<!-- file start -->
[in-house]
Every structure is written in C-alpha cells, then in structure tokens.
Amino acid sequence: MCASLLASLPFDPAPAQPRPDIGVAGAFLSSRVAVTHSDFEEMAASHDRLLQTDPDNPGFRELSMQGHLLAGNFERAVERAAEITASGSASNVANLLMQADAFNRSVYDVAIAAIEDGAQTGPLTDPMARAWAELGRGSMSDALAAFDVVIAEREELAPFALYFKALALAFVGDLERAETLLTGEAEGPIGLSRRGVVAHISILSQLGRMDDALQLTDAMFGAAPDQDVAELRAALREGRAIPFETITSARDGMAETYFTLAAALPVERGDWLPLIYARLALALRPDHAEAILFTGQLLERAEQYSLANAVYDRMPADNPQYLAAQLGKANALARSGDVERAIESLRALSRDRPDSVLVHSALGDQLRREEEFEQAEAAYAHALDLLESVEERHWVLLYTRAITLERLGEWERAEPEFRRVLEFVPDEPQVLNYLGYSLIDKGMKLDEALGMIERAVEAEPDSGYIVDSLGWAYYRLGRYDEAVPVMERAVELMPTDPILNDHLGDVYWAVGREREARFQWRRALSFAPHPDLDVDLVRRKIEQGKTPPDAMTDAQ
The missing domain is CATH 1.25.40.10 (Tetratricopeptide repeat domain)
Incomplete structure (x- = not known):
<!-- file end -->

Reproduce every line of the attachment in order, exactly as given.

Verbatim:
[in-house]
Every structure is written in C-alpha cells, then in structure tokens.
Amino acid sequence: MCASLLASLPFDPAPAQPRPDIGVAGAFLSSRVAVTHSDFEEMAASHDRLLQTDPDNPGFRELSMQGHLLAGNFERAVERAAEITASGSASNVANLLMQADAFNRSVYDVAIAAIEDGAQTGPLTDPMARAWAELGRGSMSDALAAFDVVIAEREELAPFALYFKALALAFVGDLERAETLLTGEAEGPIGLSRRGVVAHISILSQLGRMDDALQLTDAMFGAAPDQDVAELRAALREGRAIPFETITSARDGMAETYFTLAAALPVERGDWLPLIYARLALALRPDHAEAILFTGQLLERAEQYSLANAVYDRMPADNPQYLAAQLGKANALARSGDVERAIESLRALSRDRPDSVLVHSALGDQLRREEEFEQAEAAYAHALDLLESVEERHWVLLYTRAITLERLGEWERAEPEFRRVLEFVPDEPQVLNYLGYSLIDKGMKLDEALGMIERAVEAEPDSGYIVDSLGWAYYRLGRYDEAVPVMERAVELMPTDPILNDHLGDVYWAVGREREARFQWRRALSFAPHPDLDVDLVRRKIEQGKTPPDAMTDAQ
The missing domain is CATH 1.25.40.10 (Tetratricopeptide repeat domain)
Incomplete structure (x- = not known):